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Catherine by April Lindner Blog Tour Stop


A forbidden romance. A modern mystery. Wuthering Heights as you’ve never seen it before.
Catherine is tired of struggling musicians befriending her just so they can get a gig at her Dad’s famous Manhattan club, The Underground. Then she meets mysterious Hence, an unbelievably passionate and talented musician on the brink of success. As their relationship grows, both are swept away in a fiery romance. But when their love is tested by a cruel whim of fate, will pride keep them apart?
Chelsea has always believed that her mom died of a sudden illness, until she finds a letter her dad has kept from her for years—a letter from her mom, Catherine, who didn’t die: She disappeared. Driven by unanswered questions, Chelsea sets out to look for her—starting with the return address on the letter: The Underground.
Told in two voices, twenty years apart, Catherine interweaves a timeless forbidden romance with a compelling modern mystery.
Amazon: http://www.amazon.com/Catherine-April-Lindner/dp/0316196924/
Barnes & Noble: http://www.barnesandnoble.com/w/catherine-april-lindner/1110621119?ean=9780316196925
Goodreads: http://www.goodreads.com/book/show/11266086-catherine

Hi everyone! Earlier, this year I read Catherine and loved it :) I recently got the chance to interview the author as part of the blog tour. Here's the interview:

What inspired you to retell the classic Wuthering Heights? Is it your favorite classic?
Wuthering Heights and Jane Eyre are pretty much tied for the number one spot on my list of all-time favorite classics. Both books have it all—swoon-worthy romance and suspense, and both are the kind of thick, juicy book you can completely lose yourself in.  As for Wuthering Heights, I knew retelling it would be challenge, since it’s a really complex story with multiple narrators, and a multi-generational sweep.  But the challenge was a big part of the attraction.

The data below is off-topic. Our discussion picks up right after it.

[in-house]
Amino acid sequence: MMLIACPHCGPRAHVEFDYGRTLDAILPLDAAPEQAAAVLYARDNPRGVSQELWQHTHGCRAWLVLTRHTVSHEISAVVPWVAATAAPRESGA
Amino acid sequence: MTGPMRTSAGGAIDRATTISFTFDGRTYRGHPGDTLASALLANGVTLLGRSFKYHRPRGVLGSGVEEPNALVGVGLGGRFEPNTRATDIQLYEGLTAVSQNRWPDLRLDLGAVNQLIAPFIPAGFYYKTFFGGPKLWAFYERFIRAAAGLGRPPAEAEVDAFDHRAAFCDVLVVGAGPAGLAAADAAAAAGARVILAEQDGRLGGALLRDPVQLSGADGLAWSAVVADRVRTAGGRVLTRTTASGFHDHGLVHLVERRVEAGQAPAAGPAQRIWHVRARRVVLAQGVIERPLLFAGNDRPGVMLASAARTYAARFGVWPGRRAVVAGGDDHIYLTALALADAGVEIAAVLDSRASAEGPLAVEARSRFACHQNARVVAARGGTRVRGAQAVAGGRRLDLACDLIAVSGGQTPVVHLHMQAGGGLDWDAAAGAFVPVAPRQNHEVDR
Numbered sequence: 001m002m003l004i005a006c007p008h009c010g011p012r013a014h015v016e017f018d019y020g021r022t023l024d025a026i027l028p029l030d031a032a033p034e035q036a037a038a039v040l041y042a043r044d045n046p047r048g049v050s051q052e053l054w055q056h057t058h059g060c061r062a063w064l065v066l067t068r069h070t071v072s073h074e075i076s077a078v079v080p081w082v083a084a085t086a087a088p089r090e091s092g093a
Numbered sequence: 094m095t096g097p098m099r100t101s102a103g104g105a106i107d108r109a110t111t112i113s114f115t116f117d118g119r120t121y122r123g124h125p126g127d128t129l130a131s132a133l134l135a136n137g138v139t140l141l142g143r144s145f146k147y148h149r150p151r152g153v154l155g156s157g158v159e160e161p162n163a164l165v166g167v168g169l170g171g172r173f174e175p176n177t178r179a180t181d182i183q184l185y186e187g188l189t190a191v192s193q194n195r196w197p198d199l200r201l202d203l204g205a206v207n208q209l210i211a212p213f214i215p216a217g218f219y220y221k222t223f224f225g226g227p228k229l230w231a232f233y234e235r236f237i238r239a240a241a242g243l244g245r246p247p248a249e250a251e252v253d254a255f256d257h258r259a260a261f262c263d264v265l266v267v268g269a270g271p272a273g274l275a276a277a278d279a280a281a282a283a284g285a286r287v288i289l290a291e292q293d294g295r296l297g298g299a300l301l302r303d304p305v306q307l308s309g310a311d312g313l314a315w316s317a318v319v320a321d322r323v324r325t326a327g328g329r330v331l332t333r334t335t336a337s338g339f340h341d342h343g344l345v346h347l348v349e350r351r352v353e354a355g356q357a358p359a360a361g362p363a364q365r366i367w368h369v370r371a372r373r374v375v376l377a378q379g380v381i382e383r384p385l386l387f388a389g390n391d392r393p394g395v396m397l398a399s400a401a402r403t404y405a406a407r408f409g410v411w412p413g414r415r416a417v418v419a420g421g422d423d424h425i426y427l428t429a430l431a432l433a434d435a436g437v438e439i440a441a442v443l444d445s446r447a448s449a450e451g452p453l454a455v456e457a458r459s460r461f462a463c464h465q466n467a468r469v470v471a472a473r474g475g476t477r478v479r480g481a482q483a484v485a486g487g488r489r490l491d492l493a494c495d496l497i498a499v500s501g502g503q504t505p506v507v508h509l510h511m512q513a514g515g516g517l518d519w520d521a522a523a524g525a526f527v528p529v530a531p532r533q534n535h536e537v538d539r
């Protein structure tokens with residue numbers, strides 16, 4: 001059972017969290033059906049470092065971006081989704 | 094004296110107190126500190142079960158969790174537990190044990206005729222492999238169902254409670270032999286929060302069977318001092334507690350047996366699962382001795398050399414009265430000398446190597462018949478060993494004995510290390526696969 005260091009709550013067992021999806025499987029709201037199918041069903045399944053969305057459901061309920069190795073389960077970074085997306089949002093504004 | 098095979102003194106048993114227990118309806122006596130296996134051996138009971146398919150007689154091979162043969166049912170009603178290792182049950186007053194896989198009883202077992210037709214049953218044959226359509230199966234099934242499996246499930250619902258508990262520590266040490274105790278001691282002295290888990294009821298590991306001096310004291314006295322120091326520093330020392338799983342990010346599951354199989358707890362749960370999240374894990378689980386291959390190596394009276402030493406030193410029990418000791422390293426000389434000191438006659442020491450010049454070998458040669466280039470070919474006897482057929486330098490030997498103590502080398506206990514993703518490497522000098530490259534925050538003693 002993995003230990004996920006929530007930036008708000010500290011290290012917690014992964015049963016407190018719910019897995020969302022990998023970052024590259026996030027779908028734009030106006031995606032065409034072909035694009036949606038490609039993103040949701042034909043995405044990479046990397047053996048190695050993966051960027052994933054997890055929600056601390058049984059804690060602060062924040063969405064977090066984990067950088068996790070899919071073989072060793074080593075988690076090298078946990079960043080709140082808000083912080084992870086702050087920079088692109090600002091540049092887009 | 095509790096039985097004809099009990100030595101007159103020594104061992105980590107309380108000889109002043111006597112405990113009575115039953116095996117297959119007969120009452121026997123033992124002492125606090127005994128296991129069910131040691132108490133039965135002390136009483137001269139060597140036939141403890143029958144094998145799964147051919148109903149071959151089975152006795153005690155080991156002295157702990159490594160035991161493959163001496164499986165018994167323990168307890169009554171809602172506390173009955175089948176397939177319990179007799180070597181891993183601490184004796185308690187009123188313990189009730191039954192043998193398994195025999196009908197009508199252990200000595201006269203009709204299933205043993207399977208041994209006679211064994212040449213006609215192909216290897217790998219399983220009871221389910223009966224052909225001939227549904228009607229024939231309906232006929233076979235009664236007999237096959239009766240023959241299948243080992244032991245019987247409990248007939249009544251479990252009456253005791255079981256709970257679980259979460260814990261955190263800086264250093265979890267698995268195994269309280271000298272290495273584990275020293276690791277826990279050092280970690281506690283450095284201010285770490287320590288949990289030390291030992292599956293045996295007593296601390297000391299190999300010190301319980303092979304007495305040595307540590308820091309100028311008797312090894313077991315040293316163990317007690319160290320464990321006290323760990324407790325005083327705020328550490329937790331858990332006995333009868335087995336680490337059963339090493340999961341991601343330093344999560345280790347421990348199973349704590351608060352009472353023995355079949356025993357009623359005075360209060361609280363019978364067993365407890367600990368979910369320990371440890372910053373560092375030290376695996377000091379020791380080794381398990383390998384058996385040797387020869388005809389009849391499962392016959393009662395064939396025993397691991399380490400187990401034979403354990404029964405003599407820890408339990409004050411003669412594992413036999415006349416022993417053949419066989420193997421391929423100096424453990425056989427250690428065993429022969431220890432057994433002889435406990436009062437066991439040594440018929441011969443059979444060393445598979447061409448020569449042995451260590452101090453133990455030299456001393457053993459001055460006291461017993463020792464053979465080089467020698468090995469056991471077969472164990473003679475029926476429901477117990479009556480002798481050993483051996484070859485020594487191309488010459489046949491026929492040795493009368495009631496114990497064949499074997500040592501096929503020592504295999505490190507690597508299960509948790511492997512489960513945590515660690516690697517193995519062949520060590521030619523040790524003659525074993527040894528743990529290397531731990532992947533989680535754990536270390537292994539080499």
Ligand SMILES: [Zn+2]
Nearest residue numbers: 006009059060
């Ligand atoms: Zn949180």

Are you able to relate more to Catherine or Chelsea, or both?
I definitely relate more to Chelsea, who is smart and more determined than she realizes, but also a little socially awkward and insecure. Chelsea and I both wish we were more like Catherine: confident, focused, assertive, magnetic.

What are you currently working on writing?
I’m in the process of reworking another contemporary retelling, this time of E. M. Forster’s A Room With a View. I came to the novel by way of the gorgeous Merchant/Ivory film version, which is still my favorite movie of all times; of course the novel is also wonderful. It’s the story of a fairly conventional British girl who travels to Italy, falls in love with an unsuitable guy, and struggles with the consequences. In my retelling, an American backpacker in Italy meets a free-spirited street musician and has to pretty much rethink everything about her life.  
  
Did you always know you wanted to become a writer? What/who made you want to become one?
I’ve loved books since before I could read, and I’ve been writing ever since I could hold a pencil. Oh, sure, there were other things I fantasized about becoming--a painter, a rock star, a tight-rope walker—but I was never actually any good at those things! I’ve always been obsessed with words, and I have a really vivid, detailed fantasy life, so writing novels feels like a natural fit.

What advice would you give aspiring authors? 
Read everything you can get your hands on and never give up. Breaking into print takes time, patience, determination, and a really hard head.

What do you like to do, when you‘re not reading or writing?